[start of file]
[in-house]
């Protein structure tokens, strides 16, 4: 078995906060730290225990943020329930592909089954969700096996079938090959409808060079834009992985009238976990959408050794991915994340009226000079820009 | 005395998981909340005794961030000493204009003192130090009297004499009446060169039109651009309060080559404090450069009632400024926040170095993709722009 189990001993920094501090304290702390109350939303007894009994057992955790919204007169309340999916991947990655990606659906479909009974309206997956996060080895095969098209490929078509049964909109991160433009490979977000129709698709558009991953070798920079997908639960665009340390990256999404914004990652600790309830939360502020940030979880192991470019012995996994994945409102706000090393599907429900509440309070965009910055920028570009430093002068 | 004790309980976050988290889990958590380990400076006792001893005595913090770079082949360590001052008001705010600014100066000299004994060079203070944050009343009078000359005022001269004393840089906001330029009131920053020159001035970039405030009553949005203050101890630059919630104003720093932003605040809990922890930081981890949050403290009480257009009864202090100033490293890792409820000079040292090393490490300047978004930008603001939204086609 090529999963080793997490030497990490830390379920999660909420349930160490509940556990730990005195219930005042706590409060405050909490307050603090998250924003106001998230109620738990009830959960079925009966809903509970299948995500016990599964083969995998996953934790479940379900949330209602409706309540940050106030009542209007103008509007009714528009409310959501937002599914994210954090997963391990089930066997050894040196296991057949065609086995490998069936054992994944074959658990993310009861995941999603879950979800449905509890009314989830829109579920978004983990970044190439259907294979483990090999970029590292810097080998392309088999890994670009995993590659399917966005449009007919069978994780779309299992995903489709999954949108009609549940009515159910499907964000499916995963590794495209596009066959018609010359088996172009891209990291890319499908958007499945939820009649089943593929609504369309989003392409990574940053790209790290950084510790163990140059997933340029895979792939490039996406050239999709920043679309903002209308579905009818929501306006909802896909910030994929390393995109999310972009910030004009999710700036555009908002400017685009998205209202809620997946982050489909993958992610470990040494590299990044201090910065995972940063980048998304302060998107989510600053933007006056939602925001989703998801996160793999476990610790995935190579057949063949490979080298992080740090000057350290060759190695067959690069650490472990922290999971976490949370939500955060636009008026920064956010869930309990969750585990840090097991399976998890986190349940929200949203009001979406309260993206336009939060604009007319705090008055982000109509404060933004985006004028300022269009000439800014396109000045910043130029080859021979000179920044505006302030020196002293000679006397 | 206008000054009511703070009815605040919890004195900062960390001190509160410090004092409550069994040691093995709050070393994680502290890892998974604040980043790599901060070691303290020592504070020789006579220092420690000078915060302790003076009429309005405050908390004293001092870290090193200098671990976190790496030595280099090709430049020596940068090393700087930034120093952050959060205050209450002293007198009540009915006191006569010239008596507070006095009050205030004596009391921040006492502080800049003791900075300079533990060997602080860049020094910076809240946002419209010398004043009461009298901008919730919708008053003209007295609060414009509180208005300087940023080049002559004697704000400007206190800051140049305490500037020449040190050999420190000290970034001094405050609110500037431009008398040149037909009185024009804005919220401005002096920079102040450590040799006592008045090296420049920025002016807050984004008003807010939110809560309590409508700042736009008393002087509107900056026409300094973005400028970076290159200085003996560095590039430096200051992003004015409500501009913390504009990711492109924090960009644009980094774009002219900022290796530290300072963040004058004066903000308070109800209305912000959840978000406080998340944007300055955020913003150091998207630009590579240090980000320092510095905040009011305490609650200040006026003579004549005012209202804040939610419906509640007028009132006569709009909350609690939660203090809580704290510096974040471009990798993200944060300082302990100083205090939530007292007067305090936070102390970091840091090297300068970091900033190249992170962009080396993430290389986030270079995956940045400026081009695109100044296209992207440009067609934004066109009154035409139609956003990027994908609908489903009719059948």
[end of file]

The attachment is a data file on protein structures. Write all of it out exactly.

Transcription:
[in-house]
């Protein structure tokens, strides 16, 4: 078995906060730290225990943020329930592909089954969700096996079938090959409808060079834009992985009238976990959408050794991915994340009226000079820009 | 005395998981909340005794961030000493204009003192130090009297004499009446060169039109651009309060080559404090450069009632400024926040170095993709722009 189990001993920094501090304290702390109350939303007894009994057992955790919204007169309340999916991947990655990606659906479909009974309206997956996060080895095969098209490929078509049964909109991160433009490979977000129709698709558009991953070798920079997908639960665009340390990256999404914004990652600790309830939360502020940030979880192991470019012995996994994945409102706000090393599907429900509440309070965009910055920028570009430093002068 | 004790309980976050988290889990958590380990400076006792001893005595913090770079082949360590001052008001705010600014100066000299004994060079203070944050009343009078000359005022001269004393840089906001330029009131920053020159001035970039405030009553949005203050101890630059919630104003720093932003605040809990922890930081981890949050403290009480257009009864202090100033490293890792409820000079040292090393490490300047978004930008603001939204086609 090529999963080793997490030497990490830390379920999660909420349930160490509940556990730990005195219930005042706590409060405050909490307050603090998250924003106001998230109620738990009830959960079925009966809903509970299948995500016990599964083969995998996953934790479940379900949330209602409706309540940050106030009542209007103008509007009714528009409310959501937002599914994210954090997963391990089930066997050894040196296991057949065609086995490998069936054992994944074959658990993310009861995941999603879950979800449905509890009314989830829109579920978004983990970044190439259907294979483990090999970029590292810097080998392309088999890994670009995993590659399917966005449009007919069978994780779309299992995903489709999954949108009609549940009515159910499907964000499916995963590794495209596009066959018609010359088996172009891209990291890319499908958007499945939820009649089943593929609504369309989003392409990574940053790209790290950084510790163990140059997933340029895979792939490039996406050239999709920043679309903002209308579905009818929501306006909802896909910030994929390393995109999310972009910030004009999710700036555009908002400017685009998205209202809620997946982050489909993958992610470990040494590299990044201090910065995972940063980048998304302060998107989510600053933007006056939602925001989703998801996160793999476990610790995935190579057949063949490979080298992080740090000057350290060759190695067959690069650490472990922290999971976490949370939500955060636009008026920064956010869930309990969750585990840090097991399976998890986190349940929200949203009001979406309260993206336009939060604009007319705090008055982000109509404060933004985006004028300022269009000439800014396109000045910043130029080859021979000179920044505006302030020196002293000679006397 | 206008000054009511703070009815605040919890004195900062960390001190509160410090004092409550069994040691093995709050070393994680502290890892998974604040980043790599901060070691303290020592504070020789006579220092420690000078915060302790003076009429309005405050908390004293001092870290090193200098671990976190790496030595280099090709430049020596940068090393700087930034120093952050959060205050209450002293007198009540009915006191006569010239008596507070006095009050205030004596009391921040006492502080800049003791900075300079533990060997602080860049020094910076809240946002419209010398004043009461009298901008919730919708008053003209007295609060414009509180208005300087940023080049002559004697704000400007206190800051140049305490500037020449040190050999420190000290970034001094405050609110500037431009008398040149037909009185024009804005919220401005002096920079102040450590040799006592008045090296420049920025002016807050984004008003807010939110809560309590409508700042736009008393002087509107900056026409300094973005400028970076290159200085003996560095590039430096200051992003004015409500501009913390504009990711492109924090960009644009980094774009002219900022290796530290300072963040004058004066903000308070109800209305912000959840978000406080998340944007300055955020913003150091998207630009590579240090980000320092510095905040009011305490609650200040006026003579004549005012209202804040939610419906509640007028009132006569709009909350609690939660203090809580704290510096974040471009990798993200944060300082302990100083205090939530007292007067305090936070102390970091840091090297300068970091900033190249992170962009080396993430290389986030270079995956940045400026081009695109100044296209992207440009067609934004066109009154035409139609956003990027994908609908489903009719059948």